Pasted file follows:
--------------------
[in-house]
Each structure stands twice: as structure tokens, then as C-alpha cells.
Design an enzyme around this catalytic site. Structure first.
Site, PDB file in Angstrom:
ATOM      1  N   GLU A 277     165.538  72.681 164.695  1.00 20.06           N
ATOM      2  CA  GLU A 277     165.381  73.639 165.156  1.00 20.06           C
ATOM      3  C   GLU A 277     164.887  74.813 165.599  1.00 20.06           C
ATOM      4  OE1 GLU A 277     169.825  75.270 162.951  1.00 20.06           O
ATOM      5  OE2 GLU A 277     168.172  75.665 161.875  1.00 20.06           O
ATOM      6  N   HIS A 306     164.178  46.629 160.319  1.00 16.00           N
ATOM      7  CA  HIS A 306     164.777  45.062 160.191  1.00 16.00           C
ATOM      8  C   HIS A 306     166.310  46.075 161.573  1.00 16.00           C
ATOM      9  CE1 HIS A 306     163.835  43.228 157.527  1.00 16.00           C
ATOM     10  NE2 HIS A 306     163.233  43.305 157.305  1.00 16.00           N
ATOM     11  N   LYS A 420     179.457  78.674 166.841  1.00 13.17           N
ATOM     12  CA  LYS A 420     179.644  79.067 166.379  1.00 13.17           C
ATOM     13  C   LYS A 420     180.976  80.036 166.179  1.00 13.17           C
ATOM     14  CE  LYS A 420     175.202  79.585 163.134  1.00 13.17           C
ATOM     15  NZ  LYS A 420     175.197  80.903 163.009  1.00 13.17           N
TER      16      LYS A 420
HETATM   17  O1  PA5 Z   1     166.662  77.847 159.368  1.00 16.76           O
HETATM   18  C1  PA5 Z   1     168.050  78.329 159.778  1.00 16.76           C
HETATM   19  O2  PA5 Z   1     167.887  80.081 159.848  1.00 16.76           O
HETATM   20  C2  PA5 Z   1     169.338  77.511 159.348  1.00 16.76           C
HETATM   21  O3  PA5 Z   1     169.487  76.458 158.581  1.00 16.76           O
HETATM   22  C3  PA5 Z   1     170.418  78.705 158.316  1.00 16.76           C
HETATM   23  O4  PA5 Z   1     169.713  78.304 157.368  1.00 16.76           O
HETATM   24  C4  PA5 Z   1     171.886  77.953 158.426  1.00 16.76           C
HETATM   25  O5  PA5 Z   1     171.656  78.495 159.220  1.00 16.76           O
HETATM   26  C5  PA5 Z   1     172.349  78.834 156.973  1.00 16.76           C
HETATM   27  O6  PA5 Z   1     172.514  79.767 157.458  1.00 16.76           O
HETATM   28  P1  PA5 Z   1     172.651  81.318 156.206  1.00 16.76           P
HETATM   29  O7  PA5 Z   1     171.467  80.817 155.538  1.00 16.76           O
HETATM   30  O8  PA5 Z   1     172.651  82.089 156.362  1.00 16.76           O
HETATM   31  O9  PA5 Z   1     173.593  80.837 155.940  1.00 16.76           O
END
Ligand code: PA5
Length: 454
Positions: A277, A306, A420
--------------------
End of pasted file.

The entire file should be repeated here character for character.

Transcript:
[in-house]
Each structure stands twice: as structure tokens, then as C-alpha cells.
Design an enzyme around this catalytic site. Structure first.
Site, PDB file in Angstrom:
ATOM      1  N   GLU A 277     165.538  72.681 164.695  1.00 20.06           N
ATOM      2  CA  GLU A 277     165.381  73.639 165.156  1.00 20.06           C
ATOM      3  C   GLU A 277     164.887  74.813 165.599  1.00 20.06           C
ATOM      4  OE1 GLU A 277     169.825  75.270 162.951  1.00 20.06           O
ATOM      5  OE2 GLU A 277     168.172  75.665 161.875  1.00 20.06           O
ATOM      6  N   HIS A 306     164.178  46.629 160.319  1.00 16.00           N
ATOM      7  CA  HIS A 306     164.777  45.062 160.191  1.00 16.00           C
ATOM      8  C   HIS A 306     166.310  46.075 161.573  1.00 16.00           C
ATOM      9  CE1 HIS A 306     163.835  43.228 157.527  1.00 16.00           C
ATOM     10  NE2 HIS A 306     163.233  43.305 157.305  1.00 16.00           N
ATOM     11  N   LYS A 420     179.457  78.674 166.841  1.00 13.17           N
ATOM     12  CA  LYS A 420     179.644  79.067 166.379  1.00 13.17           C
ATOM     13  C   LYS A 420     180.976  80.036 166.179  1.00 13.17           C
ATOM     14  CE  LYS A 420     175.202  79.585 163.134  1.00 13.17           C
ATOM     15  NZ  LYS A 420     175.197  80.903 163.009  1.00 13.17           N
TER      16      LYS A 420
HETATM   17  O1  PA5 Z   1     166.662  77.847 159.368  1.00 16.76           O
HETATM   18  C1  PA5 Z   1     168.050  78.329 159.778  1.00 16.76           C
HETATM   19  O2  PA5 Z   1     167.887  80.081 159.848  1.00 16.76           O
HETATM   20  C2  PA5 Z   1     169.338  77.511 159.348  1.00 16.76           C
HETATM   21  O3  PA5 Z   1     169.487  76.458 158.581  1.00 16.76           O
HETATM   22  C3  PA5 Z   1     170.418  78.705 158.316  1.00 16.76           C
HETATM   23  O4  PA5 Z   1     169.713  78.304 157.368  1.00 16.76           O
HETATM   24  C4  PA5 Z   1     171.886  77.953 158.426  1.00 16.76           C
HETATM   25  O5  PA5 Z   1     171.656  78.495 159.220  1.00 16.76           O
HETATM   26  C5  PA5 Z   1     172.349  78.834 156.973  1.00 16.76           C
HETATM   27  O6  PA5 Z   1     172.514  79.767 157.458  1.00 16.76           O
HETATM   28  P1  PA5 Z   1     172.651  81.318 156.206  1.00 16.76           P
HETATM   29  O7  PA5 Z   1     171.467  80.817 155.538  1.00 16.76           O
HETATM   30  O8  PA5 Z   1     172.651  82.089 156.362  1.00 16.76           O
HETATM   31  O9  PA5 Z   1     173.593  80.837 155.940  1.00 16.76           O
END
Ligand code: PA5
Length: 454
Positions: A277, A306, A420